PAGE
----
One key dynamic of the banking market is the "stickiness" of customers. You have to really mess up to motivate a customer to go through the hassle of unwinding their checking accounts and automated transfers, and setting everything up at a new financial institution. This customer "loyalty" is behind many pricing decisions, from interest rates offered on savings accounts to NSF/OD fees.
However, there is one time when customers literally beat a path to your door, looking to open multiple accounts. That's when they move away from the geographic footprint of their existing financial institution.
So, it's long been the holy grail of banking to find a way of identifying these movers and get them signed up before they go bank shopping in their new place of residence. Over the years, banks have worked with moving companies, large employers, and other sources of data on incoming residents. Millions of expensive, direct-mail packages have been dropped, but the returns are often marginal at best. The problem: households on the move don't read their junk mail, if they even receive it.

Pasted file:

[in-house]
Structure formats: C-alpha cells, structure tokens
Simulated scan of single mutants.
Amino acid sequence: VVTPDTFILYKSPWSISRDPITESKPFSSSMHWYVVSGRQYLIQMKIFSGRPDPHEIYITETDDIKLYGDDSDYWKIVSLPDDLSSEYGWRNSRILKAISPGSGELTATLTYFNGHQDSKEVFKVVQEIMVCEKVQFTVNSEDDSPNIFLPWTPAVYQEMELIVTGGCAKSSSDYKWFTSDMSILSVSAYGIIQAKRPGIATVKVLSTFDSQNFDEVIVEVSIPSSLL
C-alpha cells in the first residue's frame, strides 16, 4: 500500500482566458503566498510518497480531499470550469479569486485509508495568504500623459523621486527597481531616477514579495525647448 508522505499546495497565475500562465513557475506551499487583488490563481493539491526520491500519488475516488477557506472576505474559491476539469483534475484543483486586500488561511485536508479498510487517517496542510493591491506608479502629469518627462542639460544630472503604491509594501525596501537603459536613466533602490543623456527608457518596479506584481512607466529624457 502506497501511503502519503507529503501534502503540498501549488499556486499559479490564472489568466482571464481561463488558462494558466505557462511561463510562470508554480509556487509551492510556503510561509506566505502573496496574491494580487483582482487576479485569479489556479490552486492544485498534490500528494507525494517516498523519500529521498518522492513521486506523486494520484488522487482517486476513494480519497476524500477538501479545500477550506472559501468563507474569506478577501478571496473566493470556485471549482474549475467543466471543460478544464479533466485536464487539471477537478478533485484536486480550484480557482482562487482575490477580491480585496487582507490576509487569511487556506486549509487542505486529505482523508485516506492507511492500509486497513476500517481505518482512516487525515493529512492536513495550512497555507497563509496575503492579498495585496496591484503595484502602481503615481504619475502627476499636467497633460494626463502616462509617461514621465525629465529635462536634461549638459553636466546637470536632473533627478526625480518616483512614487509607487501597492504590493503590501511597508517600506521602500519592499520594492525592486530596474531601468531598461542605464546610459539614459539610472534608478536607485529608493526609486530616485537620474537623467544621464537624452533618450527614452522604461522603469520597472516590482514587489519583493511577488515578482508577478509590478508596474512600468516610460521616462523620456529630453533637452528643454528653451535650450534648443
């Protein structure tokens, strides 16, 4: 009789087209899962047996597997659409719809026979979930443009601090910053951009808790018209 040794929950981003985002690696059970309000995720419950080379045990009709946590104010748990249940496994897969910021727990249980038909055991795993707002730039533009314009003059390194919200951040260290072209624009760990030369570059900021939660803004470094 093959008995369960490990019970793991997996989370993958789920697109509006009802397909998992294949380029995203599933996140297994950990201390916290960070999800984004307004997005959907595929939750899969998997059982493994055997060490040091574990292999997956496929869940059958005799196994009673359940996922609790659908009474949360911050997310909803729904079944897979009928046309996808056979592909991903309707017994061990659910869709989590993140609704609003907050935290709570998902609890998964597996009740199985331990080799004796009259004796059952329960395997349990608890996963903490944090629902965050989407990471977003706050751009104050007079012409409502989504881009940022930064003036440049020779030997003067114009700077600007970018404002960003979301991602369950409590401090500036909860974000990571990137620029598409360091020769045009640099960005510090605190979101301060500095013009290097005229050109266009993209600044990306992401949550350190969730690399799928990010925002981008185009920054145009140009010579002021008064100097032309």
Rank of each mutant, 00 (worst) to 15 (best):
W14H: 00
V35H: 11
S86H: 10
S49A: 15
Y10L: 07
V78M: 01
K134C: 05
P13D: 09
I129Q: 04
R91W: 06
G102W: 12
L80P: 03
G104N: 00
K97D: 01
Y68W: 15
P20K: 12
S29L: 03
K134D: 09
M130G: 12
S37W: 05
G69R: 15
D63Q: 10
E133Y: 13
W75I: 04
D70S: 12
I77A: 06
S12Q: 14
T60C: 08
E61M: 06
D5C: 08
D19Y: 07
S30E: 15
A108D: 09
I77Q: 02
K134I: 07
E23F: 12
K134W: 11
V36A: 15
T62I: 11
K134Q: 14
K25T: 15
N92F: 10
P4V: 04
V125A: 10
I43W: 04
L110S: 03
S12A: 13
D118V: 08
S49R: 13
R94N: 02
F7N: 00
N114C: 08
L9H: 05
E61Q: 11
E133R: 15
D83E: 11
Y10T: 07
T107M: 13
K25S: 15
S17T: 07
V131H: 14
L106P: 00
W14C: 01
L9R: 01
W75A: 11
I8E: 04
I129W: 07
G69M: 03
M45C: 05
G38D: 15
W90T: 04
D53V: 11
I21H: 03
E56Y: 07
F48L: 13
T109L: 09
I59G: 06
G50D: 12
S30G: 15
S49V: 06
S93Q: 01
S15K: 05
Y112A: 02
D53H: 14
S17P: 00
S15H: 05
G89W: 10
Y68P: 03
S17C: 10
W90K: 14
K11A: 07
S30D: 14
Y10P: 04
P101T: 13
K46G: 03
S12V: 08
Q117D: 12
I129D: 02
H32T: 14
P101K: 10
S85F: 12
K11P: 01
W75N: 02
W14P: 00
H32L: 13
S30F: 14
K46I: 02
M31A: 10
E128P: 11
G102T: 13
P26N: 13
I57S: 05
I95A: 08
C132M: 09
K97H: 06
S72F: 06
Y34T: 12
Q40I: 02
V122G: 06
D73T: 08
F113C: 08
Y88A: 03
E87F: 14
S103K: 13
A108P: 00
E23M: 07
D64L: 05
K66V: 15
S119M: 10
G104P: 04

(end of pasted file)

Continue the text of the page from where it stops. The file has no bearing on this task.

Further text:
Enter the Internet age. What do most households do now once they know they are moving to a new city? They Google it.
So, if you know potential customers are Googling your city, you better put your name into areas they are visiting, such as rental listings, real estate listings, school info, and so on. And once you get their interest, your website better speak directly to their situation, because, in the midst of a major move, they don't have a whole lot of time to think about checking accounts.
- What a great presence you have in the community
- How your prices are competitive
- How convenient it is to move accounts to your bank
- How easy it is to get ahold of someone who cares (e.g., "chat now with our moving specialist")
We'll cover this subject, including a detailed look at online efforts to attract movers, in the next issue of Online Banking Report (to be published in late-April).